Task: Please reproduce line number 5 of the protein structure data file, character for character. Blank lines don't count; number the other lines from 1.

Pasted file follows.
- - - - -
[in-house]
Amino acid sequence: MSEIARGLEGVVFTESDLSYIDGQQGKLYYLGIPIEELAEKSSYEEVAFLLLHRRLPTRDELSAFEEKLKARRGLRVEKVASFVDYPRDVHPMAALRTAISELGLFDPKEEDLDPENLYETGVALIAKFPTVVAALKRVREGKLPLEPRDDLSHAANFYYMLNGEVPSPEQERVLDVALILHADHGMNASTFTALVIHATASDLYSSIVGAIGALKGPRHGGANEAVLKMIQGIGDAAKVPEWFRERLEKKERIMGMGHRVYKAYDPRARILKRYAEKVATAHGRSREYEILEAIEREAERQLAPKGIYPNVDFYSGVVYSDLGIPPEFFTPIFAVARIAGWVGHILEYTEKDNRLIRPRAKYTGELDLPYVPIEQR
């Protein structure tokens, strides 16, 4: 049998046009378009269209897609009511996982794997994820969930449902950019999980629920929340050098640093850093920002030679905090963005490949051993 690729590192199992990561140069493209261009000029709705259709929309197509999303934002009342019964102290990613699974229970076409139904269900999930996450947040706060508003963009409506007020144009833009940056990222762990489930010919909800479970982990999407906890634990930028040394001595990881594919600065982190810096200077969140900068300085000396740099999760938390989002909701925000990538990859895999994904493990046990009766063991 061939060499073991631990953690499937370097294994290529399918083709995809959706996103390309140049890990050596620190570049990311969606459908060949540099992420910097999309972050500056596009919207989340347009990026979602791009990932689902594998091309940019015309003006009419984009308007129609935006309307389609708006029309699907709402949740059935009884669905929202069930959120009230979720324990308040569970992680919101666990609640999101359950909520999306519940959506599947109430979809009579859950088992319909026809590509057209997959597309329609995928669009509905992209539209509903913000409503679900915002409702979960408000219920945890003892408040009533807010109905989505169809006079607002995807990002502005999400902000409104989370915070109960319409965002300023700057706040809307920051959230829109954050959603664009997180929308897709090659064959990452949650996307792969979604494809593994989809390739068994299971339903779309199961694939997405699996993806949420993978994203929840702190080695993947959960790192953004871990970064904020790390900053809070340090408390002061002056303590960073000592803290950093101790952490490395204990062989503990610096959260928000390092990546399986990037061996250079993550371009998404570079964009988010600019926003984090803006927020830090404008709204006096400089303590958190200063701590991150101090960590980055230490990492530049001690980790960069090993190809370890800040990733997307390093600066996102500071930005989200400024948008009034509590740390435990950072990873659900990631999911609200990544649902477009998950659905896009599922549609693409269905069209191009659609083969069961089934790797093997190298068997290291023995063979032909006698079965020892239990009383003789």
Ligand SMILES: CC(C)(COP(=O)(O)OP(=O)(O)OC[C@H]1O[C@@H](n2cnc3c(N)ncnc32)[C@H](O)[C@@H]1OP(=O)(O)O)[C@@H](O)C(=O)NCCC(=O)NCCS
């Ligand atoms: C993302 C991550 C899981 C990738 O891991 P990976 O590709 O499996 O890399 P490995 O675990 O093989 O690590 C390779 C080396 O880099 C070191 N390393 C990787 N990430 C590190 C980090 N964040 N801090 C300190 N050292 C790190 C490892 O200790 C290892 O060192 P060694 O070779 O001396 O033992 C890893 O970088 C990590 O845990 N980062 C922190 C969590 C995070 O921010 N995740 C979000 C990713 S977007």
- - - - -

């Ligand atoms: C993302 C991550 C899981 C990738 O891991 P990976 O590709 O499996 O890399 P490995 O675990 O093989 O690590 C390779 C080396 O880099 C070191 N390393 C990787 N990430 C590190 C980090 N964040 N801090 C300190 N050292 C790190 C490892 O200790 C290892 O060192 P060694 O070779 O001396 O033992 C890893 O970088 C990590 O845990 N980062 C922190 C969590 C995070 O921010 N995740 C979000 C990713 S977007």